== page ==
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Homemade Roasted Chipotle Salsa



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Alright dear readers. I am not a great cook. I’m not even a cook for goodness sake. I’m just a recipe follower that enjoys writing about my experiences in the kitchen. Novice status, confirmed.

However, once in a blue moon, I have a creative moment of genius. This salsa is my latest genius moment that I can’t help but get excited about!

Alright, let’s be honest. I got a little help from a fellow blogger since I am inexperienced in the roasting veggies for salsa department and she honestly lended me  tips to make this idea amazing….but…I kind of want to take the credit for thinking up the idea of doing a roasted salsa instead of buying one…and…for buying the ingredients that are going into the salsa! That was all me guys! I didn’t follow a recipe or anything until I got home and picked up a few extra ingredient ideas…..ugh. Who am I kidding. This is a semi-original idea at best. Who cares…it’s one of the best salsas I’ve ever had!

Where did the inspiration to make salsa come from you ask? Well it came about on a whim when buying ingredients for fajitas. Instead of buying salsa I thought it might be good to try and make my own so I know what’s going in it.

I think I’ve come to care a little bit more about what ingredients go into food since joining Weight Watchers. Since my world has become about counting everything I eat, I love easy, no count recipes that are full of fruits and veggies (0 point foods for the most part) because they make my life so much easier.

Alright back to the salsa! When you think about your favorite salsa(s) it’s likely that you have a consistency in mind when trying to put one together yourself. One of my favorite in the jar salsas is Pace Picante. I think it is just the right mix of chunky and spicy and the flavor works. If we’re talking restaurants, I love El Torito Grill’s chipotle salsa or Chili’s salsa you get with your chips (so so so my favorite thing they make!) For me, I’m not much of a fan of salsa that is pico de gallo consistency. I  tend to love the ones that resemble more of a marinara sauce and have a smokey or chipotle flavor to them.

For the record, I know very little about buying peppers/chilis or roasting them other then a few things I’ve seen on the Food Network, and let’s face it….I don’t remember the details of much to save my life, let alone a show I watched forever ago. So, the humorous part of this whole thing is that I did really good when picking peppers for this salsa. I ended up buying some jalapenos and Anaheim chilis along with chipotle peppers in a can to add to the flavor I was wanting.

The ingredients that I picked up from the store or assembled before starting this adventure include:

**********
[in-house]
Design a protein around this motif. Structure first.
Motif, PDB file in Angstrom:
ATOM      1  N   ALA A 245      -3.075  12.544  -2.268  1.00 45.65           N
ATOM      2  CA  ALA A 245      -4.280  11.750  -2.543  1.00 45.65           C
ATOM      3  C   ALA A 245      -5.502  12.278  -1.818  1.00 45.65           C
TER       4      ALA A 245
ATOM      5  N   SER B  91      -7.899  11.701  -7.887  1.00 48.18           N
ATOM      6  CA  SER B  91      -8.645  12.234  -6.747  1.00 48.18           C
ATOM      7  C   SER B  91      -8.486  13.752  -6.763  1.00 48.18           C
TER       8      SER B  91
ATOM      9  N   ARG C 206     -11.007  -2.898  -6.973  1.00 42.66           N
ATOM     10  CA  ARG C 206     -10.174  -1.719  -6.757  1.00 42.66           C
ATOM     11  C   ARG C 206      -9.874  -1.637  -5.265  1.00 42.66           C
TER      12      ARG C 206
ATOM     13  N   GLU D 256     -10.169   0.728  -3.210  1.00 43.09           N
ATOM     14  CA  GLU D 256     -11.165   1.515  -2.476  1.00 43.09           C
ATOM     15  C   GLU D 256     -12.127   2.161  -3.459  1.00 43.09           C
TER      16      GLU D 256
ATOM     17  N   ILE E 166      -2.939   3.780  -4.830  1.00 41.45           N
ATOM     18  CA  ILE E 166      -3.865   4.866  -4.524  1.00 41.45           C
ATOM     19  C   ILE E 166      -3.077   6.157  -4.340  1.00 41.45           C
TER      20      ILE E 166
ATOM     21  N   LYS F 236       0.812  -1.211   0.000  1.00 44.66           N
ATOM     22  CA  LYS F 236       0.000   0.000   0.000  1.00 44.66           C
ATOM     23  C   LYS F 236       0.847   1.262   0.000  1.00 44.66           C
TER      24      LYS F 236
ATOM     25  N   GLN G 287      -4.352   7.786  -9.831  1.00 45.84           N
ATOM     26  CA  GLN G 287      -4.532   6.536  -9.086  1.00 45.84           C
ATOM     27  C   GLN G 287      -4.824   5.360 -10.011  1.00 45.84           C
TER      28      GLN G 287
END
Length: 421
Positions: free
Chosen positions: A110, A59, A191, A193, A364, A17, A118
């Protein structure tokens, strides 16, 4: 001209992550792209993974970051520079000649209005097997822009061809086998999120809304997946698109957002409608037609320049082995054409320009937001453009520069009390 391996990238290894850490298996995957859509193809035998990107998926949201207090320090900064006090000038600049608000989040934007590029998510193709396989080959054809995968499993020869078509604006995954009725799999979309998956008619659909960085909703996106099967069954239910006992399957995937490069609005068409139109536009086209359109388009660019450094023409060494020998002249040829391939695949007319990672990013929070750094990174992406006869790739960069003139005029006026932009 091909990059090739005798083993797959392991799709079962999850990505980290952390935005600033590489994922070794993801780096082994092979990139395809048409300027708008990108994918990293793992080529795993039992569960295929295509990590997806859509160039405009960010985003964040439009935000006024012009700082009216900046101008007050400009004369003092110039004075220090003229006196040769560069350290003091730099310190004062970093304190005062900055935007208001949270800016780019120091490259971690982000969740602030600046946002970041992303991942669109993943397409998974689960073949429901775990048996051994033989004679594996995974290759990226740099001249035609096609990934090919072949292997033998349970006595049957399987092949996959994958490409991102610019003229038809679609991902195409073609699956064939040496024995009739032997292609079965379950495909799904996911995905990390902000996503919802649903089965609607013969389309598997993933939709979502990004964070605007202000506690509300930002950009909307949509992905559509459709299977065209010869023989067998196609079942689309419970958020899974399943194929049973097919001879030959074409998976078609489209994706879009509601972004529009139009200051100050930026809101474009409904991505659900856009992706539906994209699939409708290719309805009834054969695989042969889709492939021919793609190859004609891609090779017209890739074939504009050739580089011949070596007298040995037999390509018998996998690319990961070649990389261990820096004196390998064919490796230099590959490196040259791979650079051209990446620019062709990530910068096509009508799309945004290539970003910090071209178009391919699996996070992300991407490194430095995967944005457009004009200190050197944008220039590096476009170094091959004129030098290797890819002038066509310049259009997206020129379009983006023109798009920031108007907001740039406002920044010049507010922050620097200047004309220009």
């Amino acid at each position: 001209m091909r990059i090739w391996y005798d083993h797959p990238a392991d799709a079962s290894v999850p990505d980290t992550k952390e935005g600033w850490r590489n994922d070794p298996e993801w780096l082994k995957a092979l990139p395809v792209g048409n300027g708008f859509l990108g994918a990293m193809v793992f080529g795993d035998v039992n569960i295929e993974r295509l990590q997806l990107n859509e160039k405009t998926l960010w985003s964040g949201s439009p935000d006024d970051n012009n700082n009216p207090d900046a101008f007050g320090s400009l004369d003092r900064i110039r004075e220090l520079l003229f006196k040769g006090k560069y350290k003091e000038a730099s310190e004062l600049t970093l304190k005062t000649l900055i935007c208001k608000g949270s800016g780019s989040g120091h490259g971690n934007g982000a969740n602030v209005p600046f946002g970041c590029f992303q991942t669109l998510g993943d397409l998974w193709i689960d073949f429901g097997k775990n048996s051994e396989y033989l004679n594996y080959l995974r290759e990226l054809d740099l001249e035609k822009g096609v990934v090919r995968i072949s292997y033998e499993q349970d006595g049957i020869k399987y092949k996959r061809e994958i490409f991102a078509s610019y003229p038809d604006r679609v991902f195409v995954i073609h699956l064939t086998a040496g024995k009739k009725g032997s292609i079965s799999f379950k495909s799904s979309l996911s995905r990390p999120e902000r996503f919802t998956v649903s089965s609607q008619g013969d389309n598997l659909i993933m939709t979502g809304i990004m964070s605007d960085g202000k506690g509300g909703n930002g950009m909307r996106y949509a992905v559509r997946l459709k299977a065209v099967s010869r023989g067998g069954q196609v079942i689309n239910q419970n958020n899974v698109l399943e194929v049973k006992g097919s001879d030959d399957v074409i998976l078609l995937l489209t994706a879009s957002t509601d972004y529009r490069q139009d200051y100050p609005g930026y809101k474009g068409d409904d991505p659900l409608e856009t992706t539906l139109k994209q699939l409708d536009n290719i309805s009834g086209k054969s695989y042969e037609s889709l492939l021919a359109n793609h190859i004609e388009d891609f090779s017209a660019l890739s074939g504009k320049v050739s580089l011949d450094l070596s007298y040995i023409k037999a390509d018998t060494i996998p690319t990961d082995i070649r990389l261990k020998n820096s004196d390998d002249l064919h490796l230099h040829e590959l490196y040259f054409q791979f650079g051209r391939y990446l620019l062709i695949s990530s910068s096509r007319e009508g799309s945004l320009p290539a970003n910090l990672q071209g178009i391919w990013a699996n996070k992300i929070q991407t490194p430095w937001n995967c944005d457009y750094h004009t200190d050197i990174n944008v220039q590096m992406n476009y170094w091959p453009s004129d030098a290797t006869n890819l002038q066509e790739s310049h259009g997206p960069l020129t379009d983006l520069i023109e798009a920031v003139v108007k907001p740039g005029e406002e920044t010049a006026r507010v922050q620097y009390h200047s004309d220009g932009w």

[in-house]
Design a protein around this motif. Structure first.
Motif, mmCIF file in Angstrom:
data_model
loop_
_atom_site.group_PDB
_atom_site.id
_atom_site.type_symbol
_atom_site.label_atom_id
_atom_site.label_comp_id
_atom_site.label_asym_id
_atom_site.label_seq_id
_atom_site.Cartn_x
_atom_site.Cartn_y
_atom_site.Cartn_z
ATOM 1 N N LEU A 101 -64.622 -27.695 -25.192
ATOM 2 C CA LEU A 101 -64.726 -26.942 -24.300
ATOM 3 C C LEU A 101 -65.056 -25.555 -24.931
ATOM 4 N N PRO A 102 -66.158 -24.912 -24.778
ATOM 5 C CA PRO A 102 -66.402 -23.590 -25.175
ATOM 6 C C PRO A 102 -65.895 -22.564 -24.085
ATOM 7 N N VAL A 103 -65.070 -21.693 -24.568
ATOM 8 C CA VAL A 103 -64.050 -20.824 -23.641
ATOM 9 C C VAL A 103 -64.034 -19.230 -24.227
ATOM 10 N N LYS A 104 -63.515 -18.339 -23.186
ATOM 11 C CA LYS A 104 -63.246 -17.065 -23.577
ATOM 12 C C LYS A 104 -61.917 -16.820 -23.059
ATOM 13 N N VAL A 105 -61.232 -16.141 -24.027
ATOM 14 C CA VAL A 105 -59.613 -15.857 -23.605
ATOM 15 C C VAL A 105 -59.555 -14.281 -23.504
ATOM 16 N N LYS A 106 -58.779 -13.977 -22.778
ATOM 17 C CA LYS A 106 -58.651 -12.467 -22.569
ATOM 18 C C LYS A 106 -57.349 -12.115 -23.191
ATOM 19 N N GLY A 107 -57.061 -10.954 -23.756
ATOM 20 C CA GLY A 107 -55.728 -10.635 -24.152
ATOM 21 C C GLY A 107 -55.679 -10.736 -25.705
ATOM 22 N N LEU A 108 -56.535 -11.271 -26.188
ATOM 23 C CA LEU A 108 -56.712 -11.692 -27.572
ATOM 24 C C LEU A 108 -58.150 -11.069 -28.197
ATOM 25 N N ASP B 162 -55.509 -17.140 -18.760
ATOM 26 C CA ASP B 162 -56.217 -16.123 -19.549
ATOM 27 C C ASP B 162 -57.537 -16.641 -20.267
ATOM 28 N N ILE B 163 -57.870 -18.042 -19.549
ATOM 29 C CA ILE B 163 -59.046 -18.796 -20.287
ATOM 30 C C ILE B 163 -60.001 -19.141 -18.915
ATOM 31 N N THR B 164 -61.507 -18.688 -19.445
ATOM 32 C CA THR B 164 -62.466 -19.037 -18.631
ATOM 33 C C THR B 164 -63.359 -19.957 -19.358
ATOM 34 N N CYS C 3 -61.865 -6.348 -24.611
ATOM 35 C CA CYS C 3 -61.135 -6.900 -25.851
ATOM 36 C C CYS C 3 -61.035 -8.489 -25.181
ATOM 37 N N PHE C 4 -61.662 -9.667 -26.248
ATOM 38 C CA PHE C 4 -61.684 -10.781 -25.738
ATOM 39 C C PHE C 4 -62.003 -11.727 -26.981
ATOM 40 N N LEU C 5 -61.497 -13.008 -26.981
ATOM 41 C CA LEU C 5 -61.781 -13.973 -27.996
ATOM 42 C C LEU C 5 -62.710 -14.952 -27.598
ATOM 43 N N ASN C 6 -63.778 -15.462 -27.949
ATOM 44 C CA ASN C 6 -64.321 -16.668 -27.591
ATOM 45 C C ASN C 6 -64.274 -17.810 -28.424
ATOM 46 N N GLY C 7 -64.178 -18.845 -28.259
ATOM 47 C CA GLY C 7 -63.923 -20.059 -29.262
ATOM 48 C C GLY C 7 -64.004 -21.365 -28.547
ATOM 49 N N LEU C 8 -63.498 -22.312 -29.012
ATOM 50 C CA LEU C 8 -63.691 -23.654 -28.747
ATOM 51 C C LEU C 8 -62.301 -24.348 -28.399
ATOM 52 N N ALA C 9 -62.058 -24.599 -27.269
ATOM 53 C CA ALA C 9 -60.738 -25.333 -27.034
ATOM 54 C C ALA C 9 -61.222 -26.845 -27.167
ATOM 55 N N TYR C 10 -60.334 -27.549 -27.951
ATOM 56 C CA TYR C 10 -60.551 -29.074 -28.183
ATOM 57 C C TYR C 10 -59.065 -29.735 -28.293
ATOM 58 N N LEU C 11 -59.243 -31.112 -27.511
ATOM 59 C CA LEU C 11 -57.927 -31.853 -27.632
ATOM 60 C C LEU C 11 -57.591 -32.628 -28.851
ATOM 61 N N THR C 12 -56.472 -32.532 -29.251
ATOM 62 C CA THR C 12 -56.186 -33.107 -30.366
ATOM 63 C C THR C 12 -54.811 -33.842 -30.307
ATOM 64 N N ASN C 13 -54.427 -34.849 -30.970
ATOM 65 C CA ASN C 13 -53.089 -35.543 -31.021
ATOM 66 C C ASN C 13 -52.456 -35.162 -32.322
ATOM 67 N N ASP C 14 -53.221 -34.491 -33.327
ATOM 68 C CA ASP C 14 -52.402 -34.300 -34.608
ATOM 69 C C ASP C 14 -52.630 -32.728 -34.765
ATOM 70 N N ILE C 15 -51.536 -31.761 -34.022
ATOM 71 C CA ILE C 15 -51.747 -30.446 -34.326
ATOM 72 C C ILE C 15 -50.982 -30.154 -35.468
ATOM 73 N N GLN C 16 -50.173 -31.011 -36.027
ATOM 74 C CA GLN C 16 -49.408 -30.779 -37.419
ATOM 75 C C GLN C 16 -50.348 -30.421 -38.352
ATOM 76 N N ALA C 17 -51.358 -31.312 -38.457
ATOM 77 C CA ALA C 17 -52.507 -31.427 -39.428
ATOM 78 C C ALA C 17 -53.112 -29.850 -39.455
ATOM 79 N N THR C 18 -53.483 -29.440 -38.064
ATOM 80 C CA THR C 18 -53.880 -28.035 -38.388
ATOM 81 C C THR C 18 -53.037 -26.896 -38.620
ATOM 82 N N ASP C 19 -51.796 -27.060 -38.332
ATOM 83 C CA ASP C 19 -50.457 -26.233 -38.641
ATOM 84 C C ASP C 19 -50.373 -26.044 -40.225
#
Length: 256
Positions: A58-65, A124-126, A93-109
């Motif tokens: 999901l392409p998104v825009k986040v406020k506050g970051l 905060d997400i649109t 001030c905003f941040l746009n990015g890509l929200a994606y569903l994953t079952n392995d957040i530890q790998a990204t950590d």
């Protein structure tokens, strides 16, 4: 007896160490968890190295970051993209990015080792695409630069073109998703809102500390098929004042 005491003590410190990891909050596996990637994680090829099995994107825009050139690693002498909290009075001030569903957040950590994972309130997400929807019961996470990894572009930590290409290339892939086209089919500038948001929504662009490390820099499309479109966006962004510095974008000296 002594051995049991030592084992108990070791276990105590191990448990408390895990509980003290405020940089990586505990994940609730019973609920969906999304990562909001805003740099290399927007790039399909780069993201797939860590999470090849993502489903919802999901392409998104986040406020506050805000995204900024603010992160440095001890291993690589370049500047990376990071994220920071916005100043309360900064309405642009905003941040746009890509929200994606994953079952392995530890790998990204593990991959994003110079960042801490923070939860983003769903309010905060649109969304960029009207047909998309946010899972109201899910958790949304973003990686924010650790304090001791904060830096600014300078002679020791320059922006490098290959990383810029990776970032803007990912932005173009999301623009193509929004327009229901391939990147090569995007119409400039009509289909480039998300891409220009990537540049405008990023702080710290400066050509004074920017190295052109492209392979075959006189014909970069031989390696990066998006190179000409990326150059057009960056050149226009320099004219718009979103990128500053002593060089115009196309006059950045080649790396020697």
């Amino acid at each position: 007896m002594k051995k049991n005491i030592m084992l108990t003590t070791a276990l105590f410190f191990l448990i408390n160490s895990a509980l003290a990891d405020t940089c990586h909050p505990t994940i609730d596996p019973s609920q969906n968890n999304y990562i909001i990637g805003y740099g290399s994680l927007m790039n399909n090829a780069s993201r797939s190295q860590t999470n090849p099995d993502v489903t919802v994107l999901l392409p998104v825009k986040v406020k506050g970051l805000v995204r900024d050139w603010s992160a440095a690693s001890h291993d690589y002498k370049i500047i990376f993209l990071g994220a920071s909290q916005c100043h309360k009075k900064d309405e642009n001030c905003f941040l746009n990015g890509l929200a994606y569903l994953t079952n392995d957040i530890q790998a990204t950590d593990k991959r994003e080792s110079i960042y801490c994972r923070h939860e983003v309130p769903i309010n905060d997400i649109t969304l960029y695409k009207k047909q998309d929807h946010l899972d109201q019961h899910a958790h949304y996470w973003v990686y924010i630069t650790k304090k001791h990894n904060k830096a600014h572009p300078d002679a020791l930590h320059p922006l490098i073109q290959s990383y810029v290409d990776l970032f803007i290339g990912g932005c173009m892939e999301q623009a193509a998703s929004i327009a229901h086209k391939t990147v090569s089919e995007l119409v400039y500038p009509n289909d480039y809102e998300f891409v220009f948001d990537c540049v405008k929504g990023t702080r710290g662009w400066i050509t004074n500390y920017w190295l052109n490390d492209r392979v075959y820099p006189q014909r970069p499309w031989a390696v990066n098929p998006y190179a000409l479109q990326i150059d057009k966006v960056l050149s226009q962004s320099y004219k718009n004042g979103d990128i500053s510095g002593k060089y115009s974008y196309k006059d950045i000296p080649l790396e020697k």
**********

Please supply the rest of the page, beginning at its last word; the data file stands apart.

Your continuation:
minced garlic, 2 jalapeno peppers, 1 Anaheim chili, 4 roma tomatoes, 1 can of chipotle peppers in adobo sauce, 1 onion, and 1 lime.

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Other ingredients that I included were cumin, fajita seasoning, salt, oregano and white wine vinegar. I have to give credit to Monica from “The Yummy Life” blog since it’s her site I landed on when trying to figure out how to roast my peppers for the salsa. She has a pretty delicious looking Roasted Salsa Recipe you should check out too!

I knew I wanted the flavor that comes with roasting the peppers so Monica’s site did a marvelous job of telling me how simple it was. What I wasn’t planning to do was roast the tomatoes and onion but I happily took that suggestion and added them to my roasting pan.

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To begin I cut the onion into chunks, halved and scooped the seeds out of tomatoes and then loaded up my jalapeno peppers and Anaheim chili. Monica suggests 450 for 30 min so I went with her recommendation and that worked well.

NOTE: I would probably spray your pan down lightly. I failed to do this and the onions were sticking to the foil. Luckily, I checked on them about half way into the 30 min and moved them around a bit to keep them from sticking too much.

When the time is up Monica suggests removing the veggies from the oven and putting something over the pan to help them steam up a bit. I found a pan that was about the same size and put it over top as she recommends but you could probably do foil too if you didn’t have two similar sized pans.

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Once the veggies sit for a bit out of the oven, the skins will be much easier to remove and make the rest of the process go a lot quicker. I peeled the tomatoes and then cut the peppers in half, removed the stems and then scrapped out the seeds. The one thing I do know about peppers is that their seeds are what hold some of the heat so if you are not like me and enjoy the burn of a hellish salsa, then leave those babies in there. If I had any seeds in there it was only by accident! She suggests using gloves when working with the peppers. Good idea if you are using some really hot guys, but I made sure to keep my hands on task and then straight into the sink when done to avoid transferring the heat of the chilis to the counters or other fun things like my eyes!

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Once you’re done with the peeling and extra cutting, then throw your stuff in the food processor along with a teaspoon or two of garlic, lime juice, and a chipotle pepper. I only wanted to put one of the chipotle peppers in after I licked my finger to try the adobo sauce. Spicy indeed! I about choked on the heat of it! Did you guess that spicy isn’t my thing?? Because of that I choose to drain the chipotle of some of its juices to reduce the extra liquid going into the salsa. I actually don’t know if it mattered too much other then it probably took some of the heat out of it.